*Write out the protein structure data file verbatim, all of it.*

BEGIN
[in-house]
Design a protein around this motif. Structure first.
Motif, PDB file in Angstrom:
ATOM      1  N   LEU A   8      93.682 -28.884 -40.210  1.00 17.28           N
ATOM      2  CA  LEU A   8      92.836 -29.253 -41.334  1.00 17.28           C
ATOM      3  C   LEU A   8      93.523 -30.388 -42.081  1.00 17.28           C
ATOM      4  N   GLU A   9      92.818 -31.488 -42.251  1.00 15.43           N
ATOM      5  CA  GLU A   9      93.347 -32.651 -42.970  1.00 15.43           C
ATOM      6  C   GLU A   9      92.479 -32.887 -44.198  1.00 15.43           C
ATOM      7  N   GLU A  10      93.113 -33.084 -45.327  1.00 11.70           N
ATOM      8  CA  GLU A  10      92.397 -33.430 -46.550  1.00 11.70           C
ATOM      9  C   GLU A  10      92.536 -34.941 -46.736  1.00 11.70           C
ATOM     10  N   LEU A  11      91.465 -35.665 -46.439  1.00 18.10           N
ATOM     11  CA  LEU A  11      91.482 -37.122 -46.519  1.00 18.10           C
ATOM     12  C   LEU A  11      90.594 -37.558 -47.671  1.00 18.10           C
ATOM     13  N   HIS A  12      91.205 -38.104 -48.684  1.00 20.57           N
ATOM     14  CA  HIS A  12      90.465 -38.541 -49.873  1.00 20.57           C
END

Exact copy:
[in-house]
Design a protein around this motif. Structure first.
Motif, PDB file in Angstrom:
ATOM      1  N   LEU A   8      93.682 -28.884 -40.210  1.00 17.28           N
ATOM      2  CA  LEU A   8      92.836 -29.253 -41.334  1.00 17.28           C
ATOM      3  C   LEU A   8      93.523 -30.388 -42.081  1.00 17.28           C
ATOM      4  N   GLU A   9      92.818 -31.488 -42.251  1.00 15.43           N
ATOM      5  CA  GLU A   9      93.347 -32.651 -42.970  1.00 15.43           C
ATOM      6  C   GLU A   9      92.479 -32.887 -44.198  1.00 15.43           C
ATOM      7  N   GLU A  10      93.113 -33.084 -45.327  1.00 11.70           N
ATOM      8  CA  GLU A  10      92.397 -33.430 -46.550  1.00 11.70           C
ATOM      9  C   GLU A  10      92.536 -34.941 -46.736  1.00 11.70           C
ATOM     10  N   LEU A  11      91.465 -35.665 -46.439  1.00 18.10           N
ATOM     11  CA  LEU A  11      91.482 -37.122 -46.519  1.00 18.10           C
ATOM     12  C   LEU A  11      90.594 -37.558 -47.671  1.00 18.10           C
ATOM     13  N   HIS A  12      91.205 -38.104 -48.684  1.00 20.57           N
ATOM     14  CA  HIS A  12      90.465 -38.541 -49.873  1.00 20.57           C